Although you have stopped taken the oxycodone, you are still susceptible to relapse. Since you were previously addicted, the physiological effect remains intact. They are the most difficult to overcome, so your treatment requires monitoring and further action.

Oxycodone Detox Treatment

Once you have gone through withdrawal, the drug detoxification process continues to the next stages. During this time, the facility makes sure you follow the rules of the program. You must heal physically and mentally because both are essential parts of our recovery. Most centers have a schedule that you must adhere to that includes eating breakfast and dinner at specific times during the day and waking up on time.

There are daily therapy programs with counselors and other people recovering from oxycodone involved. People speak about their experience when using and how they plan to make a difference moving forward. You may also attend individualized behavior therapy with a psychiatrist to continue further evaluation, and to treat any additional mental issues. Your family can become involved with therapy sessions and begin to heal as well.

After Oxycodone Detox

Once you have completed the oxycodone detox program, your treatment is not over. There are precautions that need to be taken to address your triggers and prevent relapse. If necessary, the facility will provide you with professional follow up care to treat psychological conditions. When medication is prescribed, physicians and staff will manage the dosage and frequency of your pills. In many cases, therapeutic care continues to ensure you stay on the path of recovery.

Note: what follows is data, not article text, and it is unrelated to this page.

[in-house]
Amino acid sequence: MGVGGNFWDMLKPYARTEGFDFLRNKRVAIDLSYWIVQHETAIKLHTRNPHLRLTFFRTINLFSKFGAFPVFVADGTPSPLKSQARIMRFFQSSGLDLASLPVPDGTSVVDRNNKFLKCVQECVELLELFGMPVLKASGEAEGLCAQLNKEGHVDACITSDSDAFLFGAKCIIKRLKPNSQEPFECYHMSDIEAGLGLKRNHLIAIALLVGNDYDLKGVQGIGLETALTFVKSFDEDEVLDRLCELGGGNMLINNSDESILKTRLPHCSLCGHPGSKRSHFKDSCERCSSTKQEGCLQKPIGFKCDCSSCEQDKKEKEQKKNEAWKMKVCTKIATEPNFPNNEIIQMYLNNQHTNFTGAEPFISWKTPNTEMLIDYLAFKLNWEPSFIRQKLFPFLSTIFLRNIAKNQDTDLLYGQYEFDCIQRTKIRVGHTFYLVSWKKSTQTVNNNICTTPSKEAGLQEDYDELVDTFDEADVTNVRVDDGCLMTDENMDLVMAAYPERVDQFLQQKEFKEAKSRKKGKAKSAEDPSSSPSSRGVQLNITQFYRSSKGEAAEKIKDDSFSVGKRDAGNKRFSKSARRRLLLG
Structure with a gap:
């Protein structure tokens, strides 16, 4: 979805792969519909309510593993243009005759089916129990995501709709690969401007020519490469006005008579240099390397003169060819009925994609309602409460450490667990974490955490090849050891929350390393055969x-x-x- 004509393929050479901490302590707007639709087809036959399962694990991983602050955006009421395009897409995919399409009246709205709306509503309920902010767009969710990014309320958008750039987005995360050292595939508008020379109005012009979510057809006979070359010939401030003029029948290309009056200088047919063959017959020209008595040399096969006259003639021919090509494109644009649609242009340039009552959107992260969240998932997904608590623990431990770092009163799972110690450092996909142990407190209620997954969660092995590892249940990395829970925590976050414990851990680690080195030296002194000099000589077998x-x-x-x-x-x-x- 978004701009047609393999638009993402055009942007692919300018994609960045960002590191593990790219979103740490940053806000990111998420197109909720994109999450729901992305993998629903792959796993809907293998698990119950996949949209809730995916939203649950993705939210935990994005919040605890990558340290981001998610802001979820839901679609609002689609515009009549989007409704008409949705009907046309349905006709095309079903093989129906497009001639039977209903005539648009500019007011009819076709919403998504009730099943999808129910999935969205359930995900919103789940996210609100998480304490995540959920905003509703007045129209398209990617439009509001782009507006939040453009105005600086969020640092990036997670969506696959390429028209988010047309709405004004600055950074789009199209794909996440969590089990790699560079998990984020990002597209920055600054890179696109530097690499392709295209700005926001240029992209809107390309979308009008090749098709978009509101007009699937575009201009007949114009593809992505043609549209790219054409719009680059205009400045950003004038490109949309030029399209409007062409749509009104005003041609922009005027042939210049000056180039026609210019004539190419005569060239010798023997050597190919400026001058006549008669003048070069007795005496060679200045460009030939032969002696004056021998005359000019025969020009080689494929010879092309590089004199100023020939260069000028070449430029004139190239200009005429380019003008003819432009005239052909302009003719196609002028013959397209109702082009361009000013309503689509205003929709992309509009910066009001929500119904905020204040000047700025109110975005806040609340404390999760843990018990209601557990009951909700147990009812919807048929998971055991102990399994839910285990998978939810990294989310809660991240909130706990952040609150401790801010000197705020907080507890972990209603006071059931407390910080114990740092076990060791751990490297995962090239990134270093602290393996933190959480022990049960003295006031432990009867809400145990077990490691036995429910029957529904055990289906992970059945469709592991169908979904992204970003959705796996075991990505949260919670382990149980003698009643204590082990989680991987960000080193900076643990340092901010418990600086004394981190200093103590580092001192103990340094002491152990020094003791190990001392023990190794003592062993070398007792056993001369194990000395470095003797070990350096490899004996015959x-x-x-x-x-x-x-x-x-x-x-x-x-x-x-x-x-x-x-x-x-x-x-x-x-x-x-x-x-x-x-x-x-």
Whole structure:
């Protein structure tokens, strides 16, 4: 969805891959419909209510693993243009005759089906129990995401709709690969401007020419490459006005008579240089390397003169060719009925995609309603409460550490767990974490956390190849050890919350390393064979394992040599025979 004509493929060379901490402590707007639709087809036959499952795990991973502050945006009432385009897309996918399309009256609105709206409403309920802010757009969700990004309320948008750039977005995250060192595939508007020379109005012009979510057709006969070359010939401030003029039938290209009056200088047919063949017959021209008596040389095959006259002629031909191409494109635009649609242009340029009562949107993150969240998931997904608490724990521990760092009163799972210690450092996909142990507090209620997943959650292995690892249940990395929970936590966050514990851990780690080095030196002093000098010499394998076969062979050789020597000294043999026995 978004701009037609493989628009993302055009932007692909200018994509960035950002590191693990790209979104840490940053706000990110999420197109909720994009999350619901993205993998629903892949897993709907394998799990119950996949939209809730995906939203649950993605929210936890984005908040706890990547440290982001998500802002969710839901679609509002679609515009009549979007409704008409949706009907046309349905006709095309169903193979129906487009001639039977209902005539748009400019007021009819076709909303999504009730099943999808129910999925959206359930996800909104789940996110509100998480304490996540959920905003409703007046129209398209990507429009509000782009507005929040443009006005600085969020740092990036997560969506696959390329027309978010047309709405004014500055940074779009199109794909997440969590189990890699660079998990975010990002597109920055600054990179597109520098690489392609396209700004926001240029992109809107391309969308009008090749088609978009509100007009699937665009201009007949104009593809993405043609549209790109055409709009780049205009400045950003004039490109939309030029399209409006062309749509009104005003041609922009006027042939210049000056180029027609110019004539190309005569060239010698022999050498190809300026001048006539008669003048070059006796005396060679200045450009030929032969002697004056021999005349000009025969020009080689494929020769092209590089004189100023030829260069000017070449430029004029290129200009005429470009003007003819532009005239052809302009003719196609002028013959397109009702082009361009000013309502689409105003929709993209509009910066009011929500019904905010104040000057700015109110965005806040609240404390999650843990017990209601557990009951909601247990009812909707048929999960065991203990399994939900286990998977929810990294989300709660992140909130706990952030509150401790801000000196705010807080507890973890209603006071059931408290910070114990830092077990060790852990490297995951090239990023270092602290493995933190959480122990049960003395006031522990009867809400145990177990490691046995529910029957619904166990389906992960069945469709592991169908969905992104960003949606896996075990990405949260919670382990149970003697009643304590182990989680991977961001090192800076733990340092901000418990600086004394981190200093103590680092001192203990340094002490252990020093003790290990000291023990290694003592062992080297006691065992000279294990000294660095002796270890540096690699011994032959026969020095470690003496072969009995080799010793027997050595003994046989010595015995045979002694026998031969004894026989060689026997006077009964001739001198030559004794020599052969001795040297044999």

Although you leave the program, clinicians and case managers create detailed aftercare programs to assist you with sobriety. Since the chances of relapse are high and more dangerous after detox, professionals provide you with aftercare. There are structured therapeutic sessions, outpatient programs and support groups available to you after you leave the detox program.

The signs of an oxycodone addiction include taking the medication beyond the prescribed time and using more than the recommended dosage. You have unmanageable cravings and are unable to control your usage. The drug becomes your focus in life and contributes to negative effects on personal relationships and finances. When you try to stop using the drug on your own, you begin to sweat and become extremely discontent.

You may spend time looking for the drug, doing anything to get it and putting your life at risk. Withdrawing from social activities, skipping out on friends and neglecting family are also signs of oxycodone dependence. The physical symptoms are dilated pupils, apathy, drowsiness and having a short attention span. Oxycodone is a dangerous drug and can lead to headaches, seizures, dizziness and low blood pressure. The long-term side effects of this drug can cause heart failure, insomnia, coma and death. If you or someone you know is suffering from this addiction, call us today at 866-802-6848.

Content Reviewed by Jacklyn Steward

Jacklyn StewardJacklyn is a Licensed Mental Health Counselor (LMHC) and an EMDR trained trauma therapy specialist with over 6 years of experience in the field of addiction. She has a Masters Degree in Mental Health and Substance Abuse Counseling from Nova Southeastern University.